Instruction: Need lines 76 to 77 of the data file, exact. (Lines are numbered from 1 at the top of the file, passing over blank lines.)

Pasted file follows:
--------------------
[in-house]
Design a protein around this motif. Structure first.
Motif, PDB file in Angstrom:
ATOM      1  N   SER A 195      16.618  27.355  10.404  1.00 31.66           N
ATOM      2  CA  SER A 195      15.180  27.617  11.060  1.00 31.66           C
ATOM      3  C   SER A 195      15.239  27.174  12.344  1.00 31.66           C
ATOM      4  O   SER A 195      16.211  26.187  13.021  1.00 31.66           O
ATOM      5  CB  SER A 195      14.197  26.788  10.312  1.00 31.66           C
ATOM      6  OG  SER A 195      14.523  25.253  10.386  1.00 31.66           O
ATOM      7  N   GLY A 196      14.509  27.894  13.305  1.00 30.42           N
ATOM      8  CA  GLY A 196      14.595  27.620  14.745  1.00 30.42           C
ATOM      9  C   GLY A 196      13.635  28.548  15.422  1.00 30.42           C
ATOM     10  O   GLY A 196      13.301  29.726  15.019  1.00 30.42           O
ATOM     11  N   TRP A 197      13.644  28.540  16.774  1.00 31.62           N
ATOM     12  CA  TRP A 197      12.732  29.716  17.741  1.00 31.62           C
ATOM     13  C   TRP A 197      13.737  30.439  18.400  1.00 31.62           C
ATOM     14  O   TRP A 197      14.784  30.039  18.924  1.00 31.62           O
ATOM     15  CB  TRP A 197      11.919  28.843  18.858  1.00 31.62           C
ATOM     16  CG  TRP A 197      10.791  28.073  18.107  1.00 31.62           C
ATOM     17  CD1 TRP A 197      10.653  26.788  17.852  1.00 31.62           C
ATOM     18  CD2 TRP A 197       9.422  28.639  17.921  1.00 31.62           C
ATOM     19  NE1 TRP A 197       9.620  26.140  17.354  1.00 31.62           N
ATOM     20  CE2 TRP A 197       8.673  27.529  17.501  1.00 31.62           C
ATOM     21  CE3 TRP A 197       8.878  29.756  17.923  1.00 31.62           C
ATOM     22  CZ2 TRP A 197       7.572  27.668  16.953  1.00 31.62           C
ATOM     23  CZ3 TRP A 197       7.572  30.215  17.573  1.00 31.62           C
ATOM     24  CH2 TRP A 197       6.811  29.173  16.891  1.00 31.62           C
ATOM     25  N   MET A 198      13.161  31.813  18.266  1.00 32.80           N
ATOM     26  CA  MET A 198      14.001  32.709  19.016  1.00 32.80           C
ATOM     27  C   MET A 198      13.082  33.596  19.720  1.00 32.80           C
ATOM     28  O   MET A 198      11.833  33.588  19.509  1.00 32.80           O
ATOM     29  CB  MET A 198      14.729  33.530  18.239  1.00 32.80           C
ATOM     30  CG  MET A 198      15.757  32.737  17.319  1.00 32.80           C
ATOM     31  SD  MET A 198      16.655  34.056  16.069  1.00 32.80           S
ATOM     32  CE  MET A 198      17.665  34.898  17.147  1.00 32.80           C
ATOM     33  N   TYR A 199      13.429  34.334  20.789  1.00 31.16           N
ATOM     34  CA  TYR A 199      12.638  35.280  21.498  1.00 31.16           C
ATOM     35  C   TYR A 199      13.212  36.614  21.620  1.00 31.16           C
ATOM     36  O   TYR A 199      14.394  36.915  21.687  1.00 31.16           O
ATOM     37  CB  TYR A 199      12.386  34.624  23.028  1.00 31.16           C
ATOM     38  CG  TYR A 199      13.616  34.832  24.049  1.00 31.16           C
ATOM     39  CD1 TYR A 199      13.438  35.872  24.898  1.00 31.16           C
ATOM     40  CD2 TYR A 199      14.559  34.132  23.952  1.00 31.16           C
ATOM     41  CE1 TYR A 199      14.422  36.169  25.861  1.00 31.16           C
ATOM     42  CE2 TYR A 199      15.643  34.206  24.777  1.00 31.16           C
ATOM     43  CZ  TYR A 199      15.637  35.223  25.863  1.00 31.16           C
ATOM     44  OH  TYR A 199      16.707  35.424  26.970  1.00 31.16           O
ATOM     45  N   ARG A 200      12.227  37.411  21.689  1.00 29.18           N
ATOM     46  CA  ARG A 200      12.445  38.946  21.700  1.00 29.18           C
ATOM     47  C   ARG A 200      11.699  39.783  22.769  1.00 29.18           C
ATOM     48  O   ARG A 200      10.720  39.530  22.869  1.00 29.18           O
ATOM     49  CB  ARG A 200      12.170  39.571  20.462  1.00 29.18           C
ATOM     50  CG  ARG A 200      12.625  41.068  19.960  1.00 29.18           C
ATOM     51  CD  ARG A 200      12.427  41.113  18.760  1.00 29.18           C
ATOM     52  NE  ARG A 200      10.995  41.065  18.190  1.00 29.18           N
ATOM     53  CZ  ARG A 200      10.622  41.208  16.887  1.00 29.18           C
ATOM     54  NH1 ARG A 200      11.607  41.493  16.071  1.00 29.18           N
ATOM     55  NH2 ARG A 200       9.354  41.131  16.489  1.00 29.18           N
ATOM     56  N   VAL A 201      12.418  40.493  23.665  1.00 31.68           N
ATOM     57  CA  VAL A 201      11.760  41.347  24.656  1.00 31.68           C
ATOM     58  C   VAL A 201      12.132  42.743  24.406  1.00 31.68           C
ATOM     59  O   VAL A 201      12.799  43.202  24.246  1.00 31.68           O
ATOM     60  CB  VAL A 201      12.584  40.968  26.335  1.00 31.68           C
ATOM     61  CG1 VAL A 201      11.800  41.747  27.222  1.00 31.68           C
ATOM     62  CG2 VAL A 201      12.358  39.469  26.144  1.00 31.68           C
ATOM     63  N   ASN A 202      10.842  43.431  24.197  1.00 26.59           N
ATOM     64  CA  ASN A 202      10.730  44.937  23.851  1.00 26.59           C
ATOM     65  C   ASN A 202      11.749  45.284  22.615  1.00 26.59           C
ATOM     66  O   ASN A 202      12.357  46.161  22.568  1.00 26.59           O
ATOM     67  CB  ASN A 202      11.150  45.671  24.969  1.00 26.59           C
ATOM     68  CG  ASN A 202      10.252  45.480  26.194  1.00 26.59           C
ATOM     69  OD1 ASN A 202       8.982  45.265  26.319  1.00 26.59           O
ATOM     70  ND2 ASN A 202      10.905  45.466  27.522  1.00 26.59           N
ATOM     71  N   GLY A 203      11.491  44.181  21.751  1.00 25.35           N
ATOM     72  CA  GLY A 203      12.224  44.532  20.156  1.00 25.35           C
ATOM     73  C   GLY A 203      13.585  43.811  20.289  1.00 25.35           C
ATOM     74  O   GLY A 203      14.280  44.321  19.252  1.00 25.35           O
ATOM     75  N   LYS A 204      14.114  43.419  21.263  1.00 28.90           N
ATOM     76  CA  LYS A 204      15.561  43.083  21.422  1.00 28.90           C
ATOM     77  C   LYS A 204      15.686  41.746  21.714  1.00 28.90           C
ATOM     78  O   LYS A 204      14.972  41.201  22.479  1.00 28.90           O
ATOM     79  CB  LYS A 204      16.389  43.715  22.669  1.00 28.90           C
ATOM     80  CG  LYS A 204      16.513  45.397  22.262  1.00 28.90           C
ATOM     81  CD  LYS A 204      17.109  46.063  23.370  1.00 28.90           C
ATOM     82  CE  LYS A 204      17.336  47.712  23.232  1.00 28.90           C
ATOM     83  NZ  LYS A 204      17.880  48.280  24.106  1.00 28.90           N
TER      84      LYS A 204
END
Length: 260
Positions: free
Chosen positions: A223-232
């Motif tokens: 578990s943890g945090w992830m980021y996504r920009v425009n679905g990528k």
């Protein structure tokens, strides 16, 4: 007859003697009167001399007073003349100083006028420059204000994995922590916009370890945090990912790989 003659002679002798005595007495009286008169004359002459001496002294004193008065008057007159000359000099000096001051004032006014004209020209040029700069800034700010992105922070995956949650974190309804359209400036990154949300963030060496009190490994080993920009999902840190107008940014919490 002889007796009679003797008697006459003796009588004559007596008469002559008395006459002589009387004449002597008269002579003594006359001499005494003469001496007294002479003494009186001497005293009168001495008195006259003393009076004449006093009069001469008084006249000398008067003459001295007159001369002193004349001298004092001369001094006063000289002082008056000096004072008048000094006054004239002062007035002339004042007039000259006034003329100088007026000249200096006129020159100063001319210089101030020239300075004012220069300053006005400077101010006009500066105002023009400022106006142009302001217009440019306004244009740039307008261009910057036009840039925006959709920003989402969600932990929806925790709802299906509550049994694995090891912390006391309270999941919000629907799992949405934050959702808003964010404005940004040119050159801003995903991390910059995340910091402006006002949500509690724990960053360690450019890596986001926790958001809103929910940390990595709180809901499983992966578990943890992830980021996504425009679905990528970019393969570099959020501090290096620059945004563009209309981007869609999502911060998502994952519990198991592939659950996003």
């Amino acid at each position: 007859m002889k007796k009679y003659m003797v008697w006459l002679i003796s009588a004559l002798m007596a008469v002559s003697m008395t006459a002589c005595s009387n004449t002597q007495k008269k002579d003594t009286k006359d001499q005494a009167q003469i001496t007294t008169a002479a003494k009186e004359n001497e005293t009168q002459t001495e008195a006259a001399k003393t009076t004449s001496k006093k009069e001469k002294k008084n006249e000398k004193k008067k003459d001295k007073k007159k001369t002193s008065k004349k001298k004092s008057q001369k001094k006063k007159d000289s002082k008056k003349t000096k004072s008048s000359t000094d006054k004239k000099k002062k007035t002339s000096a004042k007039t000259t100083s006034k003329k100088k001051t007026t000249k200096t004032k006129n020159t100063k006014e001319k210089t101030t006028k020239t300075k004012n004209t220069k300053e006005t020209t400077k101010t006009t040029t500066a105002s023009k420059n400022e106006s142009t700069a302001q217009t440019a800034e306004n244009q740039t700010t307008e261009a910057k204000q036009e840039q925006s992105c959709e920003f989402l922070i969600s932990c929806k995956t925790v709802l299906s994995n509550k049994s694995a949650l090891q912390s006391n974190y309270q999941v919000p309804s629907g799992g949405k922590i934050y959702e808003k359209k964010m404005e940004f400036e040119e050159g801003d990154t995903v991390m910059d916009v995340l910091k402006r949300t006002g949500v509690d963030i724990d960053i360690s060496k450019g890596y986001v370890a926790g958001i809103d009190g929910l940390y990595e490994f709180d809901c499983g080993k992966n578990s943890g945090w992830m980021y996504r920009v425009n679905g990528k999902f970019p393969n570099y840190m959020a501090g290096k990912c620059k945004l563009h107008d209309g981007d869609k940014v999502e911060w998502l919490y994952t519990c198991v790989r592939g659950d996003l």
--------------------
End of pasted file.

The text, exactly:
ATOM     73  C   GLY A 203      13.585  43.811  20.289  1.00 25.35           C
ATOM     74  O   GLY A 203      14.280  44.321  19.252  1.00 25.35           O